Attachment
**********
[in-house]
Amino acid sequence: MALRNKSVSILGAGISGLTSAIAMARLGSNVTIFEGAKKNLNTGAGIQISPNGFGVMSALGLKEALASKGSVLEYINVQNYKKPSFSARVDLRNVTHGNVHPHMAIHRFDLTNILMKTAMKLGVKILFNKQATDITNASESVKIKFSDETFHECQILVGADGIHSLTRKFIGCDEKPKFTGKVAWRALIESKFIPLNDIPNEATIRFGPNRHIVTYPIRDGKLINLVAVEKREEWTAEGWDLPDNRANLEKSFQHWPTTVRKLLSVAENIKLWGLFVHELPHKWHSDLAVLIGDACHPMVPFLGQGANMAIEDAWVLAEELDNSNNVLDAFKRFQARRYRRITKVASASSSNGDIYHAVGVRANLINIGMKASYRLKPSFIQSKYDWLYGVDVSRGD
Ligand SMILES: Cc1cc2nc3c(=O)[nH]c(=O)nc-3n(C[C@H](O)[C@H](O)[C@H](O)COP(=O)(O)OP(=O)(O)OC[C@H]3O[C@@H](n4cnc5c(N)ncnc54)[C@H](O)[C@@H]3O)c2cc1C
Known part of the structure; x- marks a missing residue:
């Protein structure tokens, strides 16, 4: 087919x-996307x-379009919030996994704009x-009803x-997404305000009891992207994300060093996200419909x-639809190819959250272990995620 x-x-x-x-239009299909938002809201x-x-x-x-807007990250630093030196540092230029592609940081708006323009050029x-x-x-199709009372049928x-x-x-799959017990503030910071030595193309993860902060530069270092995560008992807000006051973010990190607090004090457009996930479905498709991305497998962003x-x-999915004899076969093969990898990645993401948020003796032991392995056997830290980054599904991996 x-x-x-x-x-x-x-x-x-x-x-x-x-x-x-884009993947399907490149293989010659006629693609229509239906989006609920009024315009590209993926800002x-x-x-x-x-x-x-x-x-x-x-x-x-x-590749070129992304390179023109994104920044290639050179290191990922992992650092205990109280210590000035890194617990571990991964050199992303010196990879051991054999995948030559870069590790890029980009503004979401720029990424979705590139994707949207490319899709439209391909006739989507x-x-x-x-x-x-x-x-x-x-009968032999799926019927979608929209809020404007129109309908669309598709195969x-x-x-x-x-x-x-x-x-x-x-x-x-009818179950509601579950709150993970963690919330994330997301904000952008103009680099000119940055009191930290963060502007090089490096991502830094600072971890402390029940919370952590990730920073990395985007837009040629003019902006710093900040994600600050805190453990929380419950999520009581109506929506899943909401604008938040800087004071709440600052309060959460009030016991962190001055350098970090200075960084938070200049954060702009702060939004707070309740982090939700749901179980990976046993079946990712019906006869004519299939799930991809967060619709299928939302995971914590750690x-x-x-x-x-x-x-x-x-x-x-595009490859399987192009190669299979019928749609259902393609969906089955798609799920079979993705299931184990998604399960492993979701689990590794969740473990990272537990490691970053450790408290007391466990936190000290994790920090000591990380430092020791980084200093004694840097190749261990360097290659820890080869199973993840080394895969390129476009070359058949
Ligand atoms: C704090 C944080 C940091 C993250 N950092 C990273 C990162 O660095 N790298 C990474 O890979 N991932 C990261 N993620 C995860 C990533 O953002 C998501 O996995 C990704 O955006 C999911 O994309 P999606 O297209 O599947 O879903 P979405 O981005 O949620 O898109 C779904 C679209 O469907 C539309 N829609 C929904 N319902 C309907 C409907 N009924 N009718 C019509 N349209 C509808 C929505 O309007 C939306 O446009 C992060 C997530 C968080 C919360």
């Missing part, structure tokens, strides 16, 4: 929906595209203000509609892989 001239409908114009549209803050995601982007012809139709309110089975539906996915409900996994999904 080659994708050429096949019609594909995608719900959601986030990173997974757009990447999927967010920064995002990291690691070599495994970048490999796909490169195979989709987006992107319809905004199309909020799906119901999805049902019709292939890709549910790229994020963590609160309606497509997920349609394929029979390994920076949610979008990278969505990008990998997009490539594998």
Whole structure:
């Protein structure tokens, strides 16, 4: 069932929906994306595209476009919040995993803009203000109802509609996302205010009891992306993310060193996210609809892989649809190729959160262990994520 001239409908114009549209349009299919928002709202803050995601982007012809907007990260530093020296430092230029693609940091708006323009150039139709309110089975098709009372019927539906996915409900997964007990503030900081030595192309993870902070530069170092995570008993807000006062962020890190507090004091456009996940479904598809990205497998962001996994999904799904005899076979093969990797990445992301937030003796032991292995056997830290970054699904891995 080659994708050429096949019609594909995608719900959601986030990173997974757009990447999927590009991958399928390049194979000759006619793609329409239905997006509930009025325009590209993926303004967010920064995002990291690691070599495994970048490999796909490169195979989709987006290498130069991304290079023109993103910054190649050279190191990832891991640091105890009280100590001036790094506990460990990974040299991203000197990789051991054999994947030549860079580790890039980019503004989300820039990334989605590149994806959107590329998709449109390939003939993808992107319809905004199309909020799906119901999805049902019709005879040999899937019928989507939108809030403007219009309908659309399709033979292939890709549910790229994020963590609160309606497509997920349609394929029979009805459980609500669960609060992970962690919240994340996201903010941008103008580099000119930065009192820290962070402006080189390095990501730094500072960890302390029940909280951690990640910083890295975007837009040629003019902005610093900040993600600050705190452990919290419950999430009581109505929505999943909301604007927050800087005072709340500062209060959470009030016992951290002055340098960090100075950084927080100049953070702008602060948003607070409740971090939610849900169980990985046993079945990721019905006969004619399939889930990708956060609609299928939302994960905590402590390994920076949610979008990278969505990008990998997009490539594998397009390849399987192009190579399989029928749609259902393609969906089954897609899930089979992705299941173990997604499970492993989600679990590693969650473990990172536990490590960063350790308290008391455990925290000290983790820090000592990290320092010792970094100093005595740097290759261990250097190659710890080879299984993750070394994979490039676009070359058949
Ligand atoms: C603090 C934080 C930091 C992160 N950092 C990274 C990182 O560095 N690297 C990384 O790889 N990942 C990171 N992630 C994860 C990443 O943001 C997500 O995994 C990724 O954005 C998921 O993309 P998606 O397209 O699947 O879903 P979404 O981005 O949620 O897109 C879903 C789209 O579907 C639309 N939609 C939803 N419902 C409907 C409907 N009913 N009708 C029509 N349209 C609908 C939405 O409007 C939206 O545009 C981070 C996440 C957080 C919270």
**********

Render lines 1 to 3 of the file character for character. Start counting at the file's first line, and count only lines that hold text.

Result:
[in-house]
Amino acid sequence: MALRNKSVSILGAGISGLTSAIAMARLGSNVTIFEGAKKNLNTGAGIQISPNGFGVMSALGLKEALASKGSVLEYINVQNYKKPSFSARVDLRNVTHGNVHPHMAIHRFDLTNILMKTAMKLGVKILFNKQATDITNASESVKIKFSDETFHECQILVGADGIHSLTRKFIGCDEKPKFTGKVAWRALIESKFIPLNDIPNEATIRFGPNRHIVTYPIRDGKLINLVAVEKREEWTAEGWDLPDNRANLEKSFQHWPTTVRKLLSVAENIKLWGLFVHELPHKWHSDLAVLIGDACHPMVPFLGQGANMAIEDAWVLAEELDNSNNVLDAFKRFQARRYRRITKVASASSSNGDIYHAVGVRANLINIGMKASYRLKPSFIQSKYDWLYGVDVSRGD
Ligand SMILES: Cc1cc2nc3c(=O)[nH]c(=O)nc-3n(C[C@H](O)[C@H](O)[C@H](O)COP(=O)(O)OP(=O)(O)OC[C@H]3O[C@@H](n4cnc5c(N)ncnc54)[C@H](O)[C@@H]3O)c2cc1C